About National Health Law Program

 The National Health Law Program, founded in 1969, protects and advances health rights of low-income and underserved individuals and families. We advocate, educate and litigate at the federal and state levels to advance health and civil rights in the U.S. www.healthlaw.org

Legal Documents

Settlement Agreement

Settlement Agreement Regarding Attorneys Fees

Attorney Timesheet Summary

Notice to Class regarding Attorney’s Fees Settlement

Notice of Rights Under Settlement Agreement

Free Legal Clinic: Saturday, August 20th

Charlotte Center for Legal Advocacy will be hosting a legal clinic at Devonshire Elementary, 6500 Barrington Drive, on Saturday, August 20th from 12-3pm. Free legal assistance (by appointment only) and advice will be available in the following service areas:

  • Immigration relief
  • Landlord-tenant law education
  • Veterans: Character of discharge, discharge upgrades, VA applications, and more
  • Expunctions
  • Credit reports
  • Education on Medicaid health plans and services
  • Healthcare Powers of Attorney
  • Finding and applying for health insurance
  • Tips to understand the processes for public benefits (Social Security, Medicaid, Food and Nutrition Services (FNS)), Work First Family Assistance (WFFA)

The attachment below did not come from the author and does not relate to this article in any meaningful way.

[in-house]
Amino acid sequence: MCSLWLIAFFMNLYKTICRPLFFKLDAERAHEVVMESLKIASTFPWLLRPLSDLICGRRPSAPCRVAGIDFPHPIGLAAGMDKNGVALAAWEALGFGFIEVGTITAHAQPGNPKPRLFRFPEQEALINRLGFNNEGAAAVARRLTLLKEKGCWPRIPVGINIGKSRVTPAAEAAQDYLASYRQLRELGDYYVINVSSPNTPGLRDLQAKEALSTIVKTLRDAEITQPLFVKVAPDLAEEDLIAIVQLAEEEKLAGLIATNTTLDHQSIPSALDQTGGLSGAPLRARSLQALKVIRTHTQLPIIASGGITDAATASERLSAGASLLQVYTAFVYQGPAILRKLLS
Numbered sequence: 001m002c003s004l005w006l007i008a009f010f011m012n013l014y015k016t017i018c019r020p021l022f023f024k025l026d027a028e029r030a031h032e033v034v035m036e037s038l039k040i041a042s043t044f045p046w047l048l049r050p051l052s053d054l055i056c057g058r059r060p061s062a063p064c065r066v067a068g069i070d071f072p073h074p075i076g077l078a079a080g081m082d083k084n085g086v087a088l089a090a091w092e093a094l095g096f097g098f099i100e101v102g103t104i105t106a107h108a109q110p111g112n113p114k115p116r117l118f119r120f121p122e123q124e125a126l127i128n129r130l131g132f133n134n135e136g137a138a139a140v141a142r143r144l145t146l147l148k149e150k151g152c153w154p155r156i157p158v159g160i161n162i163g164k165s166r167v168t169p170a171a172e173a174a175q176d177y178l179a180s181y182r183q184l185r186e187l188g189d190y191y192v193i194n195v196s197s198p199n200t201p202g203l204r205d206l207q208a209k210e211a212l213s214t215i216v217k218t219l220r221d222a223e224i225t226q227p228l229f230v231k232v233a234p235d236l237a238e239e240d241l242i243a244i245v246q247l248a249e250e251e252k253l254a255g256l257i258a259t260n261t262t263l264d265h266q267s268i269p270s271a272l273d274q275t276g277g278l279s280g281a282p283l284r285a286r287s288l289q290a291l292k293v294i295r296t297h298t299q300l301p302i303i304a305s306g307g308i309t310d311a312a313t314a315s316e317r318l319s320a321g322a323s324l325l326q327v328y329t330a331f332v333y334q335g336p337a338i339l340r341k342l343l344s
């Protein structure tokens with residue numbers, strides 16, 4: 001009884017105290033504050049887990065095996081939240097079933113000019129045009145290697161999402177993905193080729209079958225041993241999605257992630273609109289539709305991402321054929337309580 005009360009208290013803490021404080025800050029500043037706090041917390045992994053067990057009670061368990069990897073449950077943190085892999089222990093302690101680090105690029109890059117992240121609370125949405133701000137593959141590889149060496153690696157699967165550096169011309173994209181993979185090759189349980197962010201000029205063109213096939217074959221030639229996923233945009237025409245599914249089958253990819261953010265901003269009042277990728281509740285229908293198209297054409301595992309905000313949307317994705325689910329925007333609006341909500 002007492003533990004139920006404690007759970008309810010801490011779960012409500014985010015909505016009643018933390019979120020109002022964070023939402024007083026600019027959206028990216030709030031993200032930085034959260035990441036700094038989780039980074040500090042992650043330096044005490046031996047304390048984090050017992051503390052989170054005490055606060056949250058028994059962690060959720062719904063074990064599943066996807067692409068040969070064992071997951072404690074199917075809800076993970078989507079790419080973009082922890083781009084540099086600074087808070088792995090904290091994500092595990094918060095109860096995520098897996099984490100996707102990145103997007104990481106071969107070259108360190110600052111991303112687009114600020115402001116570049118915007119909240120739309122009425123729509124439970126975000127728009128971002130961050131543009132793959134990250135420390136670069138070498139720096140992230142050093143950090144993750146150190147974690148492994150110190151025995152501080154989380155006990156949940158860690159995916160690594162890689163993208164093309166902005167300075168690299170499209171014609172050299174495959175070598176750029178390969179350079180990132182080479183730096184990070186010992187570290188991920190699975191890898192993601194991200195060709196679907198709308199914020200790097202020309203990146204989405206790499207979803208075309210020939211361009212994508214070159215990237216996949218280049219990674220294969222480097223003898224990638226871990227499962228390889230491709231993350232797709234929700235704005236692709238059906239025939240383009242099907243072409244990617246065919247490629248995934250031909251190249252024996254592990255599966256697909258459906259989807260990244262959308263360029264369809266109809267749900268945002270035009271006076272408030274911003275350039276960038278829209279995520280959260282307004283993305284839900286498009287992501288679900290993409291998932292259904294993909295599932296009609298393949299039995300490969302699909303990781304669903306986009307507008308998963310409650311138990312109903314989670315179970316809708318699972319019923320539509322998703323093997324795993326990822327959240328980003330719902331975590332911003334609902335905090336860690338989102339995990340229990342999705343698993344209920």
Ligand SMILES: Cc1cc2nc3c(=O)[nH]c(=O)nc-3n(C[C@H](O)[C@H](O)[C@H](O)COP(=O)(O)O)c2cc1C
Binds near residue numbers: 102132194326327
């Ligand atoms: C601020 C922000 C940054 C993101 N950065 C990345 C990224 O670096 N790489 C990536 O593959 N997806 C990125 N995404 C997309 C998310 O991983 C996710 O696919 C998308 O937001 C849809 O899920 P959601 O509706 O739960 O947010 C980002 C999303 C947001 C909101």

Appointments are available on a first come, first serve basis.

Advocacy Center Statement on Supreme Court’s Dobbs v. Jackson Women’s Health Decision

Charlotte Center for Legal Advocacy is aware of the Supreme Court’s ruling on Dobbs v. Jackson Women’s Health. While this decision and the ultimate overturning of Roe v. Wade does not directly impact our work, it will impact the clients that we fight for every day.

The Advocacy Center will continue to advocate for our clients to ensure they have access to quality, affordable healthcare and will increase awareness of North Carolina’s recent expansion of Medicaid postpartum coverage. We will continue to support Medicaid expansion in North Carolina and utilize our advocates to increase access to healthcare coverage for the most vulnerable populations.

Our mission is to pursue justice for those in need and we stand with those that experience healthcare injustices.